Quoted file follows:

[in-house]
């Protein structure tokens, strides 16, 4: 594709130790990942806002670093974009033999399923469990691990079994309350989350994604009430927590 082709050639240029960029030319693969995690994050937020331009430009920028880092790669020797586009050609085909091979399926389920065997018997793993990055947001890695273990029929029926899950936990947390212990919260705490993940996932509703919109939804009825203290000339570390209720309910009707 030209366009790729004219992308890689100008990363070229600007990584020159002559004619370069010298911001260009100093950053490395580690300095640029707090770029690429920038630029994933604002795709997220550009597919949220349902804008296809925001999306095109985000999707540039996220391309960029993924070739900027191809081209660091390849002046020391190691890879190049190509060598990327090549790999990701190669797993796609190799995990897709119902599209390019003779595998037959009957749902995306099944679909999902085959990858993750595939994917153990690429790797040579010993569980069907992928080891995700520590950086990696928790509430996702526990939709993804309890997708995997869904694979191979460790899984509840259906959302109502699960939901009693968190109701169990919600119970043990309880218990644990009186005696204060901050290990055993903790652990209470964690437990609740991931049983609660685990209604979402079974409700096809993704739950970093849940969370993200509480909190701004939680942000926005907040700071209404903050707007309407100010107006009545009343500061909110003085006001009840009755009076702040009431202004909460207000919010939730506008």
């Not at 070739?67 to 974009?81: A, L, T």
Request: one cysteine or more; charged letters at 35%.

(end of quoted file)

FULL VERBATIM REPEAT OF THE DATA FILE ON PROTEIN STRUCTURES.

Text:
[in-house]
């Protein structure tokens, strides 16, 4: 594709130790990942806002670093974009033999399923469990691990079994309350989350994604009430927590 082709050639240029960029030319693969995690994050937020331009430009920028880092790669020797586009050609085909091979399926389920065997018997793993990055947001890695273990029929029926899950936990947390212990919260705490993940996932509703919109939804009825203290000339570390209720309910009707 030209366009790729004219992308890689100008990363070229600007990584020159002559004619370069010298911001260009100093950053490395580690300095640029707090770029690429920038630029994933604002795709997220550009597919949220349902804008296809925001999306095109985000999707540039996220391309960029993924070739900027191809081209660091390849002046020391190691890879190049190509060598990327090549790999990701190669797993796609190799995990897709119902599209390019003779595998037959009957749902995306099944679909999902085959990858993750595939994917153990690429790797040579010993569980069907992928080891995700520590950086990696928790509430996702526990939709993804309890997708995997869904694979191979460790899984509840259906959302109502699960939901009693968190109701169990919600119970043990309880218990644990009186005696204060901050290990055993903790652990209470964690437990609740991931049983609660685990209604979402079974409700096809993704739950970093849940969370993200509480909190701004939680942000926005907040700071209404903050707007309407100010107006009545009343500061909110003085006001009840009755009076702040009431202004909460207000919010939730506008």
């Not at 070739?67 to 974009?81: A, L, T």
Request: one cysteine or more; charged letters at 35%.